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Kansas Profile – Now That’s Rural: Dave Dreiling, Booth Creek Wagyu

May 18, 2022

By Ron Wilson, director of the Huck Boyd National Institute for Rural Development at Kansas State University

Building better beef. That’s one goal of an innovative Kansas entrepreneur who is using a unique breed of cattle and careful quality control to create a remarkable beef-eating experience for consumers.

Dave Dreiling is the founder and owner of Booth Creek Wagyu. As we have previously profiled, Dave is a successful entrepreneur who studied business at K-State. He met and married Kristen Spaeth. Dave founded GTM, the sportswear company, and also owns numerous restaurants.

Dave Dreiling holding packaged wagyu beef cutsIn 2008, he bought a Pottawatomie County ranch, primarily for deer hunting. Through the years, he expanded the property, now known as Booth Creek Ranch. Meanwhile, Dareiling’s uncle raised greyhounds near Abilene and had started raising beef cattle as well, including some cows that had been bred to a bull from a Japanese breed known as Wagyu.

At right: Dave Dreiling


“We got some of this beef and fell in love with it,” Dreiling said. They found it to be especially tender and flavorful. Dreiling went to his uncle’s dispersal sale with the intention of buying one animal, but ended up purchasing four full-blood Wagyu and 28 Wagyu embryos. “My intent was to buy a few head to have great beef for family and friends,” he said.

The more Dreiling learned about Wagyu, the more he became convinced about the potential of the breed and the opportunities to upgrade beef consumption. “There aren’t a lot of Wagyu producers,” he said. “One was a cattle company in California that was shipping them to Kansas to be fed, and then shipping them back to be processed.”

“Kansas is a better place to raise cattle,” Dreiling said. “Why couldn’t we do this here, all the way through?”

So Booth Creek Wagyu became the basis for a vertically integrated beef production operation, from the genetics and production all the way to processing, sales, and distribution. This would assure quality control through the entire process.

They purchased a meat processing business, now known as MeatWorks, in Riley. In March 2022, they opened a Booth Creek Wagyu retail store and sampling kitchen in east Manhattan.

What makes Wagyu beef exceptional? “It’s all about the marbling, which contributes to taste and tenderness,” Dreiling said. “Then I stumbled on the health benefits. Most of the fat is unsaturated. Wagyu beef is higher in Omega 3s and 6s than salmon and is lower in cholesterol than chicken.”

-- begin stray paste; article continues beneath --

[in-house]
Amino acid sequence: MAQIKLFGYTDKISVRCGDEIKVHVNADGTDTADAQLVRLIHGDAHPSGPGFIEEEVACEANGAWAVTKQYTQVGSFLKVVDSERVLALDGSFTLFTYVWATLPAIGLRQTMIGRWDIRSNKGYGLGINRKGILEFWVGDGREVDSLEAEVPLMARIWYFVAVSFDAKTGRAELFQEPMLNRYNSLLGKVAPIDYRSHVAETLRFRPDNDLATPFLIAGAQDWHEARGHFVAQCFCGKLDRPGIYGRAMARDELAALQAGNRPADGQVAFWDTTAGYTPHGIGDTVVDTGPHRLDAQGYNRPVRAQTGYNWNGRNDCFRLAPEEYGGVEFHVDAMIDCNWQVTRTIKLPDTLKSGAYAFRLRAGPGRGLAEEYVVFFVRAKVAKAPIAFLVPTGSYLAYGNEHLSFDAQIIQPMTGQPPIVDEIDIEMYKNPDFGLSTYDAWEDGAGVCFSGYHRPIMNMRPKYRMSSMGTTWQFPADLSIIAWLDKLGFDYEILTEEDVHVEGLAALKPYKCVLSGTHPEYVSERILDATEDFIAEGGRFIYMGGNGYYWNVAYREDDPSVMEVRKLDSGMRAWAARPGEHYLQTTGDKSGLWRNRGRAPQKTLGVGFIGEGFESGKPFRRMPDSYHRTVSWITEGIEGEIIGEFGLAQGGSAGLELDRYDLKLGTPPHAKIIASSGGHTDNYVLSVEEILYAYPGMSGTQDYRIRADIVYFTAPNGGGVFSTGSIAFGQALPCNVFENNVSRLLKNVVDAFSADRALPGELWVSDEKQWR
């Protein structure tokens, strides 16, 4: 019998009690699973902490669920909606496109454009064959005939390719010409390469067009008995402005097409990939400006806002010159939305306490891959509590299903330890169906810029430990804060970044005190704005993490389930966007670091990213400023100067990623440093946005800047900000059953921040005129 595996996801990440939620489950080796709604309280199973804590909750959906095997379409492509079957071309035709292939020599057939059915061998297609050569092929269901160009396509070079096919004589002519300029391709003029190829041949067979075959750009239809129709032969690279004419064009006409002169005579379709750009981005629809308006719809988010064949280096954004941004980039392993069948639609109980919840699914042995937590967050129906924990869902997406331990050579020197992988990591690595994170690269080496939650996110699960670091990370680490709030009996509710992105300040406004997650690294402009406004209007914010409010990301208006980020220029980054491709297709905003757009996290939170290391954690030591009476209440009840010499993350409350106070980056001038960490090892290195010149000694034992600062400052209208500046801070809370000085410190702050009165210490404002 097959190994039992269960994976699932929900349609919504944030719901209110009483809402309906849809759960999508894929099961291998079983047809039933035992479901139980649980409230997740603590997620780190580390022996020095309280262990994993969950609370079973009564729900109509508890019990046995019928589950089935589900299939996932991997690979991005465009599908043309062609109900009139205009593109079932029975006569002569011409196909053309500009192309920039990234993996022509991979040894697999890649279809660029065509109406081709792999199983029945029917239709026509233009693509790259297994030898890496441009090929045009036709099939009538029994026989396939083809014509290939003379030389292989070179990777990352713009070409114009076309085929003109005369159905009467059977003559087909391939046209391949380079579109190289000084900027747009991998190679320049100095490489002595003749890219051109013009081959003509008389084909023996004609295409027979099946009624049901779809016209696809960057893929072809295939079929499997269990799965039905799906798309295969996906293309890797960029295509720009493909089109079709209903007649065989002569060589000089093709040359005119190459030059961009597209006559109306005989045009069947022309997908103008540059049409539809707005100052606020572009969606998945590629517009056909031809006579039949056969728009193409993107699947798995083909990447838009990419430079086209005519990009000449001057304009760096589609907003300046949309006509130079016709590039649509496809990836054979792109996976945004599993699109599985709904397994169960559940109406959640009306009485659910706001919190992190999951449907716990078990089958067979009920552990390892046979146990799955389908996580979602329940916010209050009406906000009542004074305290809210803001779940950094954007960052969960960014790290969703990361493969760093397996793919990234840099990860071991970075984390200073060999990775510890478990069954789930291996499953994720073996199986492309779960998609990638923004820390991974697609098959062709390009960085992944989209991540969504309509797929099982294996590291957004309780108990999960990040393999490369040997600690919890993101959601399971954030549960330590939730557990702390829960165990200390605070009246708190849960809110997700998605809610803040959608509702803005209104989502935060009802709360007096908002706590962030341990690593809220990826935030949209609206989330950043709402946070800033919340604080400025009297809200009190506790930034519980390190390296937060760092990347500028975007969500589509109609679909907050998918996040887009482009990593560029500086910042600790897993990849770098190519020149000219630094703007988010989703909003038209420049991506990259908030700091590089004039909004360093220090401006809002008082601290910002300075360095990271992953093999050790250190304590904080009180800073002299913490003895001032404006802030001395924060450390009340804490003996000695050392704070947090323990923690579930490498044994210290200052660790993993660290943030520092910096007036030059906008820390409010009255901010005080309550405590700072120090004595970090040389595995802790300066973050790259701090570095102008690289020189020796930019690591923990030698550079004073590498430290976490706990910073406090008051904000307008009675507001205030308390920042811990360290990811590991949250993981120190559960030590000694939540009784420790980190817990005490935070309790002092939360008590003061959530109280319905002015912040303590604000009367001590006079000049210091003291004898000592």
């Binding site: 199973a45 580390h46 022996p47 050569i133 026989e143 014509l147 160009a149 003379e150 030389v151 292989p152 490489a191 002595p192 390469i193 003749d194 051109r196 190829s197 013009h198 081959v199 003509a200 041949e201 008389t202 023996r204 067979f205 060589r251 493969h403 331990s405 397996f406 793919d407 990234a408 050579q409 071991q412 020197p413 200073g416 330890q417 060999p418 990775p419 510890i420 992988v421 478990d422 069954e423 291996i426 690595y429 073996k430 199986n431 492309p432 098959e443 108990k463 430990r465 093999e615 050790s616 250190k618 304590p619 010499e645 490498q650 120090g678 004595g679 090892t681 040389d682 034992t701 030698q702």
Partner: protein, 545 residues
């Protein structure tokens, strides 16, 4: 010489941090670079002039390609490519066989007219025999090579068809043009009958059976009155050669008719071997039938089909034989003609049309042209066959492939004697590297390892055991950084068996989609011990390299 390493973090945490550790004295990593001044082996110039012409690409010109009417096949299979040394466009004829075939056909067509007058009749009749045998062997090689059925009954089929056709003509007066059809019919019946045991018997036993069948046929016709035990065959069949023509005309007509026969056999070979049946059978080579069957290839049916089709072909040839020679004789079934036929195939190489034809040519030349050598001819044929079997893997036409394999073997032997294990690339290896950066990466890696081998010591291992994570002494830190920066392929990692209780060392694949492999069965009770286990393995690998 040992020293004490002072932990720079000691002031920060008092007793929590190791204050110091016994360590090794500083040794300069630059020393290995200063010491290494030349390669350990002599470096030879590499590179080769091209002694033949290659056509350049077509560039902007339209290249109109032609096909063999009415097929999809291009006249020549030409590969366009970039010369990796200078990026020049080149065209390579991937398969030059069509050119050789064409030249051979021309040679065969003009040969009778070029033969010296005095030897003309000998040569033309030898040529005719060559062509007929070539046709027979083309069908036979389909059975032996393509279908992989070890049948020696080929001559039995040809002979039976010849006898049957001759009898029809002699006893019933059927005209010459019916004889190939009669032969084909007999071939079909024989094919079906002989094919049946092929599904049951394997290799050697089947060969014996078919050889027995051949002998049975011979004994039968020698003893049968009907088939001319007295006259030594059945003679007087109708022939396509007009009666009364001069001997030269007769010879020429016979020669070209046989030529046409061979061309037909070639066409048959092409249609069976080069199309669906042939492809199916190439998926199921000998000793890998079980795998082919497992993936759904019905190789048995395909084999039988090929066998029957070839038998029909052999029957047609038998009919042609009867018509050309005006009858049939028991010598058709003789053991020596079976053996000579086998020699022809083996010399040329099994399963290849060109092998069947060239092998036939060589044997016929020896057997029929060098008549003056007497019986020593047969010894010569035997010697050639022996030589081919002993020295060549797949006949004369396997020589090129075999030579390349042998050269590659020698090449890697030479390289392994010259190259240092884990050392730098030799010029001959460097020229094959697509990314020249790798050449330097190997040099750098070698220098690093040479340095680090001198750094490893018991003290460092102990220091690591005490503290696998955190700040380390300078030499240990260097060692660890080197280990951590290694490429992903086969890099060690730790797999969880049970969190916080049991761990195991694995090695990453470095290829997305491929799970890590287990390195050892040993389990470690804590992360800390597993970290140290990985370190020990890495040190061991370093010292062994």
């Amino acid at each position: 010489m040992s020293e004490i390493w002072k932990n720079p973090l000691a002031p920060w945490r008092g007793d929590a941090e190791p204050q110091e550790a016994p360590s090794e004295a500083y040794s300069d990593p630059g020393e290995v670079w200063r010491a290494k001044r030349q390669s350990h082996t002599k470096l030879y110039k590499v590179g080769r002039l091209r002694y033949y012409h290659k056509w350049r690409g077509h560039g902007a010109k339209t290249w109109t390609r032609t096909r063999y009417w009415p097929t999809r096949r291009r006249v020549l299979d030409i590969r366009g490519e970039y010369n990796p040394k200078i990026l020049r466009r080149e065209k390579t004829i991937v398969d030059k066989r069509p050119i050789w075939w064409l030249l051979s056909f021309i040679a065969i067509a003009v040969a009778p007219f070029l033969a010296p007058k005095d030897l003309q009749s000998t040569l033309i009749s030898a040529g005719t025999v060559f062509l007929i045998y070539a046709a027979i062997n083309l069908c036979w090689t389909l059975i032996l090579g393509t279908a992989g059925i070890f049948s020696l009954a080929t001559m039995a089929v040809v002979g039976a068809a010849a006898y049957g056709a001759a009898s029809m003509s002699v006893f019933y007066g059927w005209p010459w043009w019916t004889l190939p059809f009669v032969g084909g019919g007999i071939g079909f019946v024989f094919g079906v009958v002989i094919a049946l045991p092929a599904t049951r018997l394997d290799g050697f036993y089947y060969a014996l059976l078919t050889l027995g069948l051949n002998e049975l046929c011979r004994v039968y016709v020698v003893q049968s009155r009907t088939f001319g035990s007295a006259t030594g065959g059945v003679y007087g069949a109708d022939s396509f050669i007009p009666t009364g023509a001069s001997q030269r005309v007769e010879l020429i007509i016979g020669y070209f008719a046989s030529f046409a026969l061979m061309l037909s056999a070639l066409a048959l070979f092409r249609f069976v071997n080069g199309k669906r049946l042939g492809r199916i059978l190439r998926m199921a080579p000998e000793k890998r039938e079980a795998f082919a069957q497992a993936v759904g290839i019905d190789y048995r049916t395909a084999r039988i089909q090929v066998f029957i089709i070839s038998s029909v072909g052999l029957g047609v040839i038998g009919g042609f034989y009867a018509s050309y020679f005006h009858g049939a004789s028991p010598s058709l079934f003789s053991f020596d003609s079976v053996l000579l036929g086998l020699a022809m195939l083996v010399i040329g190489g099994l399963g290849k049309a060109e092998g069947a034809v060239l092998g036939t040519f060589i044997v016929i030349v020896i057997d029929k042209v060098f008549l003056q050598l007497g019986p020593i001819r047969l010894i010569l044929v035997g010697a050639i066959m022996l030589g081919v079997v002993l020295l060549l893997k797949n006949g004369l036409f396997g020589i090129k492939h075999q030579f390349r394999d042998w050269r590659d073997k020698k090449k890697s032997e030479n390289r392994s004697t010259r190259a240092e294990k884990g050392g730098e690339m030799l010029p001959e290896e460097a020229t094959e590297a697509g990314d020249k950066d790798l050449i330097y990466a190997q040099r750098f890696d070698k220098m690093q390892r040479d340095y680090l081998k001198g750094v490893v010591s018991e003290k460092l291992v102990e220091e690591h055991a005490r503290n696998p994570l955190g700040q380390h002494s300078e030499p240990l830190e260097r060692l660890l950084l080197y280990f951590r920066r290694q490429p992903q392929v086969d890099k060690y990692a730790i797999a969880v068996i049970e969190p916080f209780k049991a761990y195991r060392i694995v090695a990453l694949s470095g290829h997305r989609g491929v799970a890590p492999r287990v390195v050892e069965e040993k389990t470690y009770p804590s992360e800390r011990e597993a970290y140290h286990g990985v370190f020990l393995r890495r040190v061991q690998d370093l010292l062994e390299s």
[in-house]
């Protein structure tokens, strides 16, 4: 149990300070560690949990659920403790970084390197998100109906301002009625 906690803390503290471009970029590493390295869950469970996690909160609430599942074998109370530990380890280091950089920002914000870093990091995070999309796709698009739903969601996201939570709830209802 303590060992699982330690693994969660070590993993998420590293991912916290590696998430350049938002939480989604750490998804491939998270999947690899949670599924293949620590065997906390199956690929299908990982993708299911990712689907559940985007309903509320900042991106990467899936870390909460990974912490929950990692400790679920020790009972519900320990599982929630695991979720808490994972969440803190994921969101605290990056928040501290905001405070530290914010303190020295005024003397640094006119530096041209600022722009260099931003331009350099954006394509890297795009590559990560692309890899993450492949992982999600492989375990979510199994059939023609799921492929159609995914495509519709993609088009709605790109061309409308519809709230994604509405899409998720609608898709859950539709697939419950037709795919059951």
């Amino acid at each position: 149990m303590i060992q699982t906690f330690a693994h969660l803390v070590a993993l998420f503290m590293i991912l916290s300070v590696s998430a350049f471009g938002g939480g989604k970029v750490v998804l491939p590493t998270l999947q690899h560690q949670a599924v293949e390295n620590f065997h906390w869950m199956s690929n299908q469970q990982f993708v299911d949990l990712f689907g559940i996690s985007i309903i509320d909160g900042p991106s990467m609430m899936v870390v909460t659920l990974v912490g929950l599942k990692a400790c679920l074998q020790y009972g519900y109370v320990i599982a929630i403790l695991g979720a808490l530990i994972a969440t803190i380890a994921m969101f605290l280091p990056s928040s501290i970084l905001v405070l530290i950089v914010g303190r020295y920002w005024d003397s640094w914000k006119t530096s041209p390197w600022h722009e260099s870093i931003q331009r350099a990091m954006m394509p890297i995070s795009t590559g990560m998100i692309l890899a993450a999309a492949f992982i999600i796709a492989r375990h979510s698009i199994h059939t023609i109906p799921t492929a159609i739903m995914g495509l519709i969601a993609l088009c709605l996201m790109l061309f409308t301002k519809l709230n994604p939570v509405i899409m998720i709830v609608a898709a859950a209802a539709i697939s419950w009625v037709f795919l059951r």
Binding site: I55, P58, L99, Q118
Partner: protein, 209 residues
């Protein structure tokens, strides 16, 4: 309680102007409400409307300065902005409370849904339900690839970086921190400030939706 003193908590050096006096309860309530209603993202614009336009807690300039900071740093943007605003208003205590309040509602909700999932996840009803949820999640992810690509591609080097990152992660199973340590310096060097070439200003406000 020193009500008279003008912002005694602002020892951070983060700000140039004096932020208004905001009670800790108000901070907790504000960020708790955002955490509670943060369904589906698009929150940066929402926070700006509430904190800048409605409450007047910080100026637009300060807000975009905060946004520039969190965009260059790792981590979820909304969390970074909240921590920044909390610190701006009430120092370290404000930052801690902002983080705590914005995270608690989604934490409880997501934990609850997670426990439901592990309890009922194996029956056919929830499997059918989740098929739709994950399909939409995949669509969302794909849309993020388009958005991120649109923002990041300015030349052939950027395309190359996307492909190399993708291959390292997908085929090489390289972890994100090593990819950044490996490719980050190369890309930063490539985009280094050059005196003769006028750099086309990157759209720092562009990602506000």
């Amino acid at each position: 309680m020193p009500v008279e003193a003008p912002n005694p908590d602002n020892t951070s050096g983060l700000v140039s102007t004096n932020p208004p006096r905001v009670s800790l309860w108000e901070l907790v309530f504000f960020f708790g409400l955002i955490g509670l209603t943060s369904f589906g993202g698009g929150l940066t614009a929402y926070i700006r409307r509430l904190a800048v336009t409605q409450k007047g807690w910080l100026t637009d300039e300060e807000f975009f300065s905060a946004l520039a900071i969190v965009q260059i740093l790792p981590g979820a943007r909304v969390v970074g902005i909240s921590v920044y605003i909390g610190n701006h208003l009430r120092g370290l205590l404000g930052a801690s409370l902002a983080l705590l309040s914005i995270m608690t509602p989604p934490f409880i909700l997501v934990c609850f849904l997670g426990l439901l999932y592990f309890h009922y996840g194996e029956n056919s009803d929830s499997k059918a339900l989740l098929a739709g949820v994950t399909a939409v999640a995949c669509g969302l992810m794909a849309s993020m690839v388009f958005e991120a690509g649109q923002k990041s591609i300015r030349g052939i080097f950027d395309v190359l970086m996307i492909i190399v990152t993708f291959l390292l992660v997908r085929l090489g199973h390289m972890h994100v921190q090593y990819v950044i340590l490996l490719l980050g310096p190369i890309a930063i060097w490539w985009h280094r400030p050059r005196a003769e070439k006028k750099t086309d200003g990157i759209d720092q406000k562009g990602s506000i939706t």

“I’ve heard our store described as a jewelry store for beef because we offer lots of choices,” Dreiling said.

Booth Creek Wagyu sells beef cuts at the Silver, Gold, and Platinum levels, with the higher levels featuring higher amounts of marbling. USDA Prime beef is 8-12% IMF, while a Platinum full-blood Wagyu is 26% IMF or more. “That makes a rich steak so people might not eat as much of it,” Dreiling said.

“Wagyu is like coffee these days – people have lots of different preferences. Some want dark roast, some want it lighter, and no one is wrong. Some (beef consumers) prefer more tenderness and some want less fat.”

He’s devised a camera system that takes an electronic image of each cut of meat, and the image is transmitted to Japan for grading. “We know where every steak comes from and how it grades,” Dreiling said.

The Booth Creek Wagyu store includes a sampling kitchen so people can decide what level of marbling they prefer. “We want to help people dial in on what kind of beef they like,” Dreiling said.

His intent is to build on the Manhattan store and open additional Wagyu stores and sampling kitchens across the region and the nation.

All of the store’s Wagyu beef originates at Booth Creek Ranch, located near the rural community of Olsburg, population 219 people. Now, that’s rural.

For more information, go to www.boothcreekwagyu.com.

Can beef be better? That’s become a passion for this Kansas entrepreneur. We commend Dave Dreiling and all those involved with Booth Creek Wagyu for making a difference with innovative production and marketing. We’re glad he’s making a business of building better beef.


Audio and text files of Kansas Profiles are available at http://www.kansasprofile.com. For more information about the Huck Boyd Institute, interested persons can visit http://www.huckboydinstitute.org.


The mission of the Huck Boyd National Institute for Rural Development is to enhance rural development by helping rural people help themselves. The Kansas Profile radio series and columns are produced with assistance from the K-State Research and Extension Department of Communications News Media Services unit. A photo of Ron Wilson is available at  http://www.ksre.ksu.edu/news/sty/RonWilson.htm.  Audio and text files of Kansas Profiles are available at http://www.kansasprofile.com. For more information about the Huck Boyd Institute, interested persons can visit http://www.huckboydinstitute.org.

At a glance

When Manhattan businessman Dave Dreiling ate some of his uncle’s Wagyu beef, he thought it was wonderful. Now Dave has launched an integrated Wagyu beef operation of his own, from genetics and production all the way through to processing, sales and distribution. He recently launched a retail store and sampling kitchen in east Manhattan.


Huck Boyd National Institute for Rural Development

Written by

Ron Wilson

Ron Wilson

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